How are you promoting customer literacy among your employees?2010-11-12
In the summer of 1986 (dear God, 24 years ago), I was chatting with a customer service rep at Mattel, my employer at the time. She told me of the thousands of letters the toymaker routinely received from children. I wondered if the employee communications department (for which I was responsible) might be able to take a look at them. Eventually, we culled a few and ran them in a quarterly magazine distributed to employees, shareholders, partners and other Mattel stakeholders under the headline, “Dear Mattel.”
No single other article in any company publication during my tenure at Mattel produced the kind of response from employees this one did. After all, the entire company was dedicated to making toys that made children happy, but it was rare for any of them to get direct feedback from the customer.
At another job, at pharma Allergan, we ran a recurruing feature, an interview with a doctor. (While the actual purchaser of pharmaceuticals can be a hospital, a pharmacy, or some other institution, it’s the doctor who writes the prescription, and is therefore viewed as the customer.) The feature included an overview of the doctor’s practice, how he used Allergan’s products, his view of the advantages of competitor products, and other insights into his perspective on the company.
As was the case at Mattel, these reports on customers’ views were among the more popular features of the magazine.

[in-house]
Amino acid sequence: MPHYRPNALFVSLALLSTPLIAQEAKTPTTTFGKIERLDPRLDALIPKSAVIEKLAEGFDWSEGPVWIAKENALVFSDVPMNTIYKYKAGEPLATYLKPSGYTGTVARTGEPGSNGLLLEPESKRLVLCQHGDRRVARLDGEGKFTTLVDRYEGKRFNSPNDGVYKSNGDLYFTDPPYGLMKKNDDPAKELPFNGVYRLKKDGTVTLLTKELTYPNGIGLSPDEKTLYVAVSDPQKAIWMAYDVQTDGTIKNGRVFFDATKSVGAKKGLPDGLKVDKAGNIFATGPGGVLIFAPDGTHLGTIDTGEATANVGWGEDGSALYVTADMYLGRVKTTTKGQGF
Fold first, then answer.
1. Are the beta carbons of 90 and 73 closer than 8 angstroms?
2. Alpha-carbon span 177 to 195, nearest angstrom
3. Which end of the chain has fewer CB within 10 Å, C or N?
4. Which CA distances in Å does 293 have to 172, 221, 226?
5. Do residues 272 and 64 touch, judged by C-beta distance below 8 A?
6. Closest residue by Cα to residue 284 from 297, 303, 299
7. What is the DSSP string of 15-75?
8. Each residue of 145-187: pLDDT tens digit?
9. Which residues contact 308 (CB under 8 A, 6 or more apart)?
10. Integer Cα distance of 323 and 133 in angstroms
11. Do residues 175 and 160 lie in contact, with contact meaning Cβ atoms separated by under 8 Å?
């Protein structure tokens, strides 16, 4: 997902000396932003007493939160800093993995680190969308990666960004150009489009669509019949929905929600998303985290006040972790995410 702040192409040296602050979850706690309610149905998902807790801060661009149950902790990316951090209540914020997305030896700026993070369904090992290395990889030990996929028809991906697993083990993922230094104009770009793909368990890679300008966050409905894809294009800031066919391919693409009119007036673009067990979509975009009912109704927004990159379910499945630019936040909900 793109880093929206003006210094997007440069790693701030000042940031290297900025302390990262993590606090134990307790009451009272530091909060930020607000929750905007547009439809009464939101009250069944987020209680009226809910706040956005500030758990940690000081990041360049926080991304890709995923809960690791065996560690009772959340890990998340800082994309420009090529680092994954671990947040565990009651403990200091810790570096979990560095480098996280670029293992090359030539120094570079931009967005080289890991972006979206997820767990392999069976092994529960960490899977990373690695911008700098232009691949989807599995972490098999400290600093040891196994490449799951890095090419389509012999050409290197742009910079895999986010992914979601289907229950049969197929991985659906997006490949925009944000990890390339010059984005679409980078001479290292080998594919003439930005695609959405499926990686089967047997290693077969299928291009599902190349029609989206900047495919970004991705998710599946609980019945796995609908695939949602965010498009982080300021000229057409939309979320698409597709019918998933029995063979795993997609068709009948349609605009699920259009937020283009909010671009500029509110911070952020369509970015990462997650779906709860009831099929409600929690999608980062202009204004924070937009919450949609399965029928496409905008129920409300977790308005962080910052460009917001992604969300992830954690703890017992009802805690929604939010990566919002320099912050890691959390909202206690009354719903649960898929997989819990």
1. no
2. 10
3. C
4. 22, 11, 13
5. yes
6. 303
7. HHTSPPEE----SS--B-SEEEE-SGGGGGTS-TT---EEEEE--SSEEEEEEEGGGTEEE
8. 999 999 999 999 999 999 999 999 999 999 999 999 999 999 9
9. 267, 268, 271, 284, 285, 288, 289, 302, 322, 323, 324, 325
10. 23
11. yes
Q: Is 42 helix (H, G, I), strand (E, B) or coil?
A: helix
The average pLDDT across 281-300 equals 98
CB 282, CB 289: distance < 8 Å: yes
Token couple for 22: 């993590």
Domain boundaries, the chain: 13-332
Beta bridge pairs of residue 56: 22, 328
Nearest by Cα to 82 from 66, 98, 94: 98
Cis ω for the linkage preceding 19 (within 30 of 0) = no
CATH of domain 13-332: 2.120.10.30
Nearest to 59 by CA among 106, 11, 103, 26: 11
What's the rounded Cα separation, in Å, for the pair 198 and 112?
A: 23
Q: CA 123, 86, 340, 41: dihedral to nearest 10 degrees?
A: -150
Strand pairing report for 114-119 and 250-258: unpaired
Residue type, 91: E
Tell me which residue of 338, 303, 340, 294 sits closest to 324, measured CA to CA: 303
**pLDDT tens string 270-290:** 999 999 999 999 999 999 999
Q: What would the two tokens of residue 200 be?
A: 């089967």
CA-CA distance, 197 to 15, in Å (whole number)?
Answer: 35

Both are examples of what I’m calling customer literacy, something that seems to be in short supply among employees in most organizations. Generally, this knowledge is contained within the customer service department, which traditionally has no mechanism (or incentive) for spreading the insights they receive beyond the borders of their own box on the org chart.
During my time at Allergan (in the early 1990s), the company president launched a customer service initiative that included the instruction, “If you don’t serve the customer, serve somebody who does.” That’s not bad advice, but the reality today is that any employee can wind up serving a customer. Research conducted for one of my clients revealed that the vast majority of employees had been asked something about the company by someone in their social graphs.
Yet I still encounter customer service managers who resist the idea that employees should be allowed to respond to such queries. “They don’t know the customer or the right answer,” the rationale goes.
I would argue that internal communications needs to focus on both. Employees need to know as much about the company’s customers as possible—that is, there is a need for customer literacy. Equally important is the need to curate links to the company’s resources, no matter how scattered between the web and the intranet they may be, so employees can quickly find the right answer.
Training is also required so employees know what kinds of inquiries they can tackle themselves and what should be referred to the right department.
But customer literacy goes beyond equipping employees who are already inclined to talk about their employers in their online communities (not to mention their offline communities). Knowing what the customer thinks can inform the very way they approach their work.
Some ways you can share customer insights with the workforce include…
- Set up a customer insights blog on the intranet where those in direct contact with customers can share interesting experiences and insights
- Share customer service reports with the entire company—most customer service departments report to their higher-ups the volume and nature of the last month’s or quarter’s inquiries
- Have sales staff or others who deal directly with customers shoot five-minute interviews using Flip (or competitive) cameras and post them to the company’s internal video site (your company does have an internal video sharing site, right?)
- Have a series of brown bag lunches with a panel of customers
- Introduce a recurring internal podcast featuring audio interviews with customers
What does your company do to promote customer literacy?